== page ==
TL;DR: Here is a GitHub repo that has a create-react-app project with necessary dev dependencies and the WebStorm run configurations. npm install and open the project in Webstorm. You can set a breakpoint in App.test.js and run the Tests configuration in debug mode to try it out.
(This has only been tested with Node.js 6.9+ and WebStorm 2016.3. Sorry if the project doesn’t load correctly — Webstorm can be finicky about .idea files)
While you can eject your project and take over the configuration, I’ve been trying to stay within the defaults and boundaries of create-react-app. So I was looking for a solution that wouldn’t require I eject the project.
I broke the problem up into two pieces:
- Getting ES6 (or ES7) code running in the WebStorm debugger
- Getting a test suite to run in the debugger
npm install --save-dev babel-cli babel-preset-es2015
Running Es6 Hello World In the WebStorm Debugger
The latest version of Node will run many ES6 features, but module imports/exports don’t work (I am referring to the ES6 syntax, not use of require). You can read about this (here, here, …here too), but the short version is the spec for handling imports isn’t finalized — so Node doesn’t support it yet. But most React samples, such as the ones in create-react-app, use imports.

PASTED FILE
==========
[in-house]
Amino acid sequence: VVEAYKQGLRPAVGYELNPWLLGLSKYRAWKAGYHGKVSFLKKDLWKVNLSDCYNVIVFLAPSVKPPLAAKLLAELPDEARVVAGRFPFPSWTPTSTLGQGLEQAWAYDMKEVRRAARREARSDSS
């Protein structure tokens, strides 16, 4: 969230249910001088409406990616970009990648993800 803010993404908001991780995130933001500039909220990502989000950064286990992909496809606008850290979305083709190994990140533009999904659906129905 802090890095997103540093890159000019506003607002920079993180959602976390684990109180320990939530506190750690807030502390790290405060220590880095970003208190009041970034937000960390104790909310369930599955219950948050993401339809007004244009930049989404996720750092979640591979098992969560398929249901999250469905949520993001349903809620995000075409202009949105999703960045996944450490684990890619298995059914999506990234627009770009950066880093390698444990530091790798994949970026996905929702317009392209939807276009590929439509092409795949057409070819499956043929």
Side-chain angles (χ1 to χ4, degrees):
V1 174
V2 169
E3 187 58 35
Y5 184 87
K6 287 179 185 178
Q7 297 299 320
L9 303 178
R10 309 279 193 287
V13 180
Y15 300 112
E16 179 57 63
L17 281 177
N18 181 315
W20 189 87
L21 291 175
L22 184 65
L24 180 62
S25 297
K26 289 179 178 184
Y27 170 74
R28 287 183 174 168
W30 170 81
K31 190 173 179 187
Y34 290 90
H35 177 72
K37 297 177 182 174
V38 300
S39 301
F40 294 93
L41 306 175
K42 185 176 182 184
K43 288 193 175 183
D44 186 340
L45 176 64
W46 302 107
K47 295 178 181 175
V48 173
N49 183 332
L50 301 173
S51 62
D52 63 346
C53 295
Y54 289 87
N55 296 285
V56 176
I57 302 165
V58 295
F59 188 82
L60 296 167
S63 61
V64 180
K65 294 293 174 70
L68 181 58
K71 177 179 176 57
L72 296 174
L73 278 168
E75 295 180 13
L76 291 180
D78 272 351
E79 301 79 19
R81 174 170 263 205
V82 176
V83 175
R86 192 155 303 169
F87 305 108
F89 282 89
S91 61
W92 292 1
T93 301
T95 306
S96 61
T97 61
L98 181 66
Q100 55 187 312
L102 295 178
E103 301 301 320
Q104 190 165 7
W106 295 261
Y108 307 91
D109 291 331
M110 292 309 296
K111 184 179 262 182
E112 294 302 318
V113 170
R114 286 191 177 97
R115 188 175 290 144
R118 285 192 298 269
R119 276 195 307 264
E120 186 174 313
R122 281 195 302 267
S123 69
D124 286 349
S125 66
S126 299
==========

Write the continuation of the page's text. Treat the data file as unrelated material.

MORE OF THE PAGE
Babel includes babel-node, which handles transpiling and can be used as the node interpreter in WebStorm, but without some tweaks, it won’t handle imports. I found a YouTube video which showed how to set things up.
In a WebStorm Run configuration (node.js)
- set babel-node as node interpreter
- add — presets=babel-preset-es2015 as a node parameter
You can then set a breakpoint in helloworld.js and run the configuration in debug mode in WebStorm. A minor victory. :)
Testing with create-react-app
The README helps you setup your tests and a bootstrapped project includes a sample test, App.test.js. But this uses the “magic” of react-scripts — how do i get this all to run in WebStorm?
- add — env=jsdom as an application parameter
- add CI=true as an environment variable (so all tests will run instead of running in watch mode)
The final config should look like this:
Set a breakpoint and debug away!
Ideally, you wouldn’t need to debug your tests, i.e. a combination of appropriate expects and precise tests would indicate the problem, but sometimes things aren’t clear and running in a debugger helps. Anyway, I like the option.
You can download this GitHub repo and try for yourself.